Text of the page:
Republicans Use ‘Bunk’ Speech Translation to Attack Ilhan Omar

Alex Wong/Getty Images
Alex Wong/Getty Images

Rep. Ilhan Omar is facing fire from the diehard right in Congress after her recent remarks about Somalia were mistranslated on social media.

On Thursday, Rep. Marjorie Taylor Greene (R-GA) launched a censure resolution against Omar, calling her a “foreign agent of a foreign country,” accusing her of treason, and pushing for her deportation.

She questioned Omar’s loyalty to the U.S. over comments the Minnesota lawmaker made in Somali on Saturday. In a translation of her speech that spread online, Omar, who is a Somali refugee, was misquoted as referring to herself as a “Somalian first” and “Muslim second.”

But that’s not what she actually said, according to multiple reports.

The Minnesota Reformer reported Thursday that two independent translators, including a court interpreter who is federally certified, turned up a much different result. Omar actually said, “We are people who know that they are Somali and Muslim”—never ranking allegiances as the erroneous translations alleged.

But that hasn’t stopped Republicans from seizing on the unverified translations. GOP members were quick to jump on Omar as a traitor to the U.S., including the extremist Greene and the more moderate House Majority Whip Tom Emmer (R-MN), who called on her to “resign in disgrace.” Emmer wrote that Omar’s “appalling Somalia-first comments” were an insult to her constituents and a breach of her oath of office in a scathing post on X.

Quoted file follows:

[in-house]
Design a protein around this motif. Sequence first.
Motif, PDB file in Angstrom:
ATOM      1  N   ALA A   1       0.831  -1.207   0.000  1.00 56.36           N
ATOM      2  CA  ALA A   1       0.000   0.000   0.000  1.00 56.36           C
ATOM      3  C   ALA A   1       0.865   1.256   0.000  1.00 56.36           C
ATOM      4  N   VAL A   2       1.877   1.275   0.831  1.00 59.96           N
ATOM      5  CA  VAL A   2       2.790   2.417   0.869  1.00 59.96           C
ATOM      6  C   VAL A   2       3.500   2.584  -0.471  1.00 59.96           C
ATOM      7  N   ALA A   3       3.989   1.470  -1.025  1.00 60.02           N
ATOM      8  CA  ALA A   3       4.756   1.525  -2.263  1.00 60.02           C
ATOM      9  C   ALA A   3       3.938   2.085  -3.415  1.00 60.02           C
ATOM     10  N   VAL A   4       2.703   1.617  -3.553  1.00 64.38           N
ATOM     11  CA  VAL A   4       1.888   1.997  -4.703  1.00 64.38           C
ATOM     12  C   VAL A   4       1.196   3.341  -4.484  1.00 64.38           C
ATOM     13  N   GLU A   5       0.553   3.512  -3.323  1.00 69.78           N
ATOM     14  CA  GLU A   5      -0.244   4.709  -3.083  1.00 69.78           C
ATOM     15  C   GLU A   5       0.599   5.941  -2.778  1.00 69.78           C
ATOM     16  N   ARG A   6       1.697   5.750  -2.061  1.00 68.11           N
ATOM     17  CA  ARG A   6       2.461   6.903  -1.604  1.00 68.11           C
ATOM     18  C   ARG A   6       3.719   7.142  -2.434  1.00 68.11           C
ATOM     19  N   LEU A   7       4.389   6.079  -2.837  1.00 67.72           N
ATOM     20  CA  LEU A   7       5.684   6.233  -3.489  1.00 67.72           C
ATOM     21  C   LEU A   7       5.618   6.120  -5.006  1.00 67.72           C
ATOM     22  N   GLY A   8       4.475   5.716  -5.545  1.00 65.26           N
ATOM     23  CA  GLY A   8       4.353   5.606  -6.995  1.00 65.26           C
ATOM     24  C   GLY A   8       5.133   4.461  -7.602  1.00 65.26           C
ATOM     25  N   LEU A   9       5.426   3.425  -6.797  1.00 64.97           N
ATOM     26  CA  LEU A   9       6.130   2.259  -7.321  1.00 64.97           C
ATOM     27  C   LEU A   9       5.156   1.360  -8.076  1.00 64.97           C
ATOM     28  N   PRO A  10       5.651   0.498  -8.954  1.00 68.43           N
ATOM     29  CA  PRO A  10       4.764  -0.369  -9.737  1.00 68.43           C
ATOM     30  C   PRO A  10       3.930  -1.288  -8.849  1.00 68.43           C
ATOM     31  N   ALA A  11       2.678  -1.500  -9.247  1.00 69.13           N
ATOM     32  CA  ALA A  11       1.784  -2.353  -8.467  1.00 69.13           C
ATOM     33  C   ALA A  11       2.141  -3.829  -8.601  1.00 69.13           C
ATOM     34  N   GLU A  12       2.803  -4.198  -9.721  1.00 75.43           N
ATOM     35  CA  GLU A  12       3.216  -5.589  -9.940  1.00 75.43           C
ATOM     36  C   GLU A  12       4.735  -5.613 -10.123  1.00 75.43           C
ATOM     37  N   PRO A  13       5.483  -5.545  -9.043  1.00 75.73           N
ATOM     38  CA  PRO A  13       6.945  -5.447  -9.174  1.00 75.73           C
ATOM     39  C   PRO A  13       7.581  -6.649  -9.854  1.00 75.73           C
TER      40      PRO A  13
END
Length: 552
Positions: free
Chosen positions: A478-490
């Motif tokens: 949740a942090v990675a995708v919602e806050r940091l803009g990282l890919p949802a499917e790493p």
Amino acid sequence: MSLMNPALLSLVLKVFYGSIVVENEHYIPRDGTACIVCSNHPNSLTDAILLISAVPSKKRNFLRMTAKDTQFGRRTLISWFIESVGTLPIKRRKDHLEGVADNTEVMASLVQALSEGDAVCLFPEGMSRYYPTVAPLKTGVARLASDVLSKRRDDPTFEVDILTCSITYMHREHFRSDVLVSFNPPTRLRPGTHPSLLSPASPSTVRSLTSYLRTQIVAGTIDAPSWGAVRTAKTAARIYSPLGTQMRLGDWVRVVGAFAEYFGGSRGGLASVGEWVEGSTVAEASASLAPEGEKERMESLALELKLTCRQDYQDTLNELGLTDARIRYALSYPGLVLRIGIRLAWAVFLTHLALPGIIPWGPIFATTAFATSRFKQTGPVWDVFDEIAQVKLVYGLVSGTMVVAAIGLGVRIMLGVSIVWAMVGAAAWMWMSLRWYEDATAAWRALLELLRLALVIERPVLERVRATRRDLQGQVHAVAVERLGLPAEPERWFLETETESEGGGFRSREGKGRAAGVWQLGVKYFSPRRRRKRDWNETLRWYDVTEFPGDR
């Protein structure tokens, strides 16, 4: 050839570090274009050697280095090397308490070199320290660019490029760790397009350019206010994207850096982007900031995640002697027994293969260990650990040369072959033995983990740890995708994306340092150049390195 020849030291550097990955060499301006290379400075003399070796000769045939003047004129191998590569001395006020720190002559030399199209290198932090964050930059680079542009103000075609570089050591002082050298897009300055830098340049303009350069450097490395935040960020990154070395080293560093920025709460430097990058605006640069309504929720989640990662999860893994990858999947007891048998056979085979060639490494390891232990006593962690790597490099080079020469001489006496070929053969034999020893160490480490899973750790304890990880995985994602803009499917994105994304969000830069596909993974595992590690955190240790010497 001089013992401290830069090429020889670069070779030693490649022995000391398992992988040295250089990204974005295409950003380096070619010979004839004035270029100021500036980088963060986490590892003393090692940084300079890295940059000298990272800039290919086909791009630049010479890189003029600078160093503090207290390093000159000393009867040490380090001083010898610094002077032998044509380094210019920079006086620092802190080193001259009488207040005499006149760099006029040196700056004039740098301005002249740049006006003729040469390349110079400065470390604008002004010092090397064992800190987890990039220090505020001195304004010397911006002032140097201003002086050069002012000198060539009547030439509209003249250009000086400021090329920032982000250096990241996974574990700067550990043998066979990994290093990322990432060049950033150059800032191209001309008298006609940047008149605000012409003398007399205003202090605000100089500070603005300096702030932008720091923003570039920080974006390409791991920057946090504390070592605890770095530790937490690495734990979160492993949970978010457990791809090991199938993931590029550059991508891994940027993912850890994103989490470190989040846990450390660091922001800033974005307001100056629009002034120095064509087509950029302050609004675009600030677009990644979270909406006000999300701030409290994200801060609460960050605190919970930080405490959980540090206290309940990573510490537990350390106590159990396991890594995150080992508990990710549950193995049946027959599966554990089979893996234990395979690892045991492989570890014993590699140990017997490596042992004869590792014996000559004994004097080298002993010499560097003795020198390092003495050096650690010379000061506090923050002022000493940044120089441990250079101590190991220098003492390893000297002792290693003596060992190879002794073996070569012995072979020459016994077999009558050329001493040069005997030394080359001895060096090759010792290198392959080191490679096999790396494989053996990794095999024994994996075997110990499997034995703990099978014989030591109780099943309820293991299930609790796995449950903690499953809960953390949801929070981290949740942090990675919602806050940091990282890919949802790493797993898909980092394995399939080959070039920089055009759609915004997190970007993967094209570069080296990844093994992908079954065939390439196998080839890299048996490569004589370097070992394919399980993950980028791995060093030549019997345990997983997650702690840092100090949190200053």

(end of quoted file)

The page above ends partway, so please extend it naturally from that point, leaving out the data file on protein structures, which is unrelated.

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Omar’s misinterpreted comments came from a speech she gave in Minneapolis on Saturday, during a gathering to celebrate a recent election in Somalia’s Puntland region. She addressed Somali concerns over relations between Puntland and the unrecognized state of Somaliland, with whom the region occasionally comes into conflict.

Omar said that many Somalis asked her what the U.S. would do in light of Somaliland’s political moves. “My answer was that the U.S. government will do what we tell the U.S. government to do. That is the confidence we need to have as Somalis,” Omar said, according to multiple translations from news organizations.

But Republicans seized on a far different translation posted on social media, which quoted her as saying, “the U.S. government will only do what Somalians in the U.S. tell them to do. They will do what we want and nothing else. They must follow our orders.”

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The mistranslation appeared to come from a user claiming to be a foreign affairs official from the Republic of Somaliland.

House Minority Leader Hakeem Jeffries (D-NY) slammed the censure resolution against Omar as “frivolous,” “designed to inflame and castigate and further divide us.”

In an email to the Daily Beast, Omar slammed the attacks as a new low for her Republican colleagues.

“I am deeply embarrassed for Tom, Marjorie, and any of the other fools who are attacking me based on this bunk translation, this is desperate and frankly sad, even for them,” she wrote. “The attacks being lobbed against me are not only completely false, they are rooted in xenophobia and Islamophobia. This is a manufactured controversy based on an inaccurate translation taken entirely out of context.”

Omar underscored that her remarks were in support of a unified Somalia, which “aligns with longstanding U.S. policy.”

“I categorically reject these disingenuous attempts to malign my character and question my loyalty to my home, America,” she wrote.

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